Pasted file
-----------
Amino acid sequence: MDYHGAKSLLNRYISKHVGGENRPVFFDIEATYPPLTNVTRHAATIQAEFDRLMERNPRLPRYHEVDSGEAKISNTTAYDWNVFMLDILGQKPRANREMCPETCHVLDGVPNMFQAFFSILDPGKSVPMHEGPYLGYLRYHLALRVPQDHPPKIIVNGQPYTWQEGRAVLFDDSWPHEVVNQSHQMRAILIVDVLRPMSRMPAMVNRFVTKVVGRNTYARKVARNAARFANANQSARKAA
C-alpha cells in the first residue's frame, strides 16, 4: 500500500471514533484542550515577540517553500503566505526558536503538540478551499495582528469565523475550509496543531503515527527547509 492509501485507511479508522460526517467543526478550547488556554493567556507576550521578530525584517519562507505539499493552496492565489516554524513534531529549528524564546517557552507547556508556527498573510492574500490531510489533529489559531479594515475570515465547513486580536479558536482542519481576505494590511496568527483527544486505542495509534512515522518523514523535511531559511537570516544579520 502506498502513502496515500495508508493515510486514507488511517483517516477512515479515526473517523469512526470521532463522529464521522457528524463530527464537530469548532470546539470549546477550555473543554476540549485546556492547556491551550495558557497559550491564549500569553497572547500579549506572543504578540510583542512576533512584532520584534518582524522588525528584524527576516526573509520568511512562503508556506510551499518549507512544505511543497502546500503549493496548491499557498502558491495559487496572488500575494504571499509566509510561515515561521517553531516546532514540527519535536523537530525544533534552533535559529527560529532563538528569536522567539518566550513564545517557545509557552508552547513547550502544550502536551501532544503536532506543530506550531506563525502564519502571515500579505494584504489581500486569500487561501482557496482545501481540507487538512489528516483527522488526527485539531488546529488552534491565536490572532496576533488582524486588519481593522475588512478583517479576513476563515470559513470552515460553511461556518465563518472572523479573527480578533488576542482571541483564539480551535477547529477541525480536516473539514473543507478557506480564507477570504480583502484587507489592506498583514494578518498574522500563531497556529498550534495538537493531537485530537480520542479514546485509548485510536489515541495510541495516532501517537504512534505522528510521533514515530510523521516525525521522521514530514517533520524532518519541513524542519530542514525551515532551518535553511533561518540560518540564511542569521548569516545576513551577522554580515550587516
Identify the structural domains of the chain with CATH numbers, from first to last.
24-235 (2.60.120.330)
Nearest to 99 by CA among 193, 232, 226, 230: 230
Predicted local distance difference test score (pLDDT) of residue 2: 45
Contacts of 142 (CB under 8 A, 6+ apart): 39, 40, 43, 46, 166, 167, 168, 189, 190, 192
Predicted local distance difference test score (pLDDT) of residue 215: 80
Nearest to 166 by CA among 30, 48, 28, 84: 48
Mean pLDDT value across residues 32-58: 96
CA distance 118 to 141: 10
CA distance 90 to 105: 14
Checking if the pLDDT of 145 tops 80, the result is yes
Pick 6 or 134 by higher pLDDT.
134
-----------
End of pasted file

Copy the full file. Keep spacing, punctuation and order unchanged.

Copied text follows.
Amino acid sequence: MDYHGAKSLLNRYISKHVGGENRPVFFDIEATYPPLTNVTRHAATIQAEFDRLMERNPRLPRYHEVDSGEAKISNTTAYDWNVFMLDILGQKPRANREMCPETCHVLDGVPNMFQAFFSILDPGKSVPMHEGPYLGYLRYHLALRVPQDHPPKIIVNGQPYTWQEGRAVLFDDSWPHEVVNQSHQMRAILIVDVLRPMSRMPAMVNRFVTKVVGRNTYARKVARNAARFANANQSARKAA
C-alpha cells in the first residue's frame, strides 16, 4: 500500500471514533484542550515577540517553500503566505526558536503538540478551499495582528469565523475550509496543531503515527527547509 492509501485507511479508522460526517467543526478550547488556554493567556507576550521578530525584517519562507505539499493552496492565489516554524513534531529549528524564546517557552507547556508556527498573510492574500490531510489533529489559531479594515475570515465547513486580536479558536482542519481576505494590511496568527483527544486505542495509534512515522518523514523535511531559511537570516544579520 502506498502513502496515500495508508493515510486514507488511517483517516477512515479515526473517523469512526470521532463522529464521522457528524463530527464537530469548532470546539470549546477550555473543554476540549485546556492547556491551550495558557497559550491564549500569553497572547500579549506572543504578540510583542512576533512584532520584534518582524522588525528584524527576516526573509520568511512562503508556506510551499518549507512544505511543497502546500503549493496548491499557498502558491495559487496572488500575494504571499509566509510561515515561521517553531516546532514540527519535536523537530525544533534552533535559529527560529532563538528569536522567539518566550513564545517557545509557552508552547513547550502544550502536551501532544503536532506543530506550531506563525502564519502571515500579505494584504489581500486569500487561501482557496482545501481540507487538512489528516483527522488526527485539531488546529488552534491565536490572532496576533488582524486588519481593522475588512478583517479576513476563515470559513470552515460553511461556518465563518472572523479573527480578533488576542482571541483564539480551535477547529477541525480536516473539514473543507478557506480564507477570504480583502484587507489592506498583514494578518498574522500563531497556529498550534495538537493531537485530537480520542479514546485509548485510536489515541495510541495516532501517537504512534505522528510521533514515530510523521516525525521522521514530514517533520524532518519541513524542519530542514525551515532551518535553511533561518540560518540564511542569521548569516545576513551577522554580515550587516
Identify the structural domains of the chain with CATH numbers, from first to last.
24-235 (2.60.120.330)
Nearest to 99 by CA among 193, 232, 226, 230: 230
Predicted local distance difference test score (pLDDT) of residue 2: 45
Contacts of 142 (CB under 8 A, 6+ apart): 39, 40, 43, 46, 166, 167, 168, 189, 190, 192
Predicted local distance difference test score (pLDDT) of residue 215: 80
Nearest to 166 by CA among 30, 48, 28, 84: 48
Mean pLDDT value across residues 32-58: 96
CA distance 118 to 141: 10
CA distance 90 to 105: 14
Checking if the pLDDT of 145 tops 80, the result is yes
Pick 6 or 134 by higher pLDDT.
134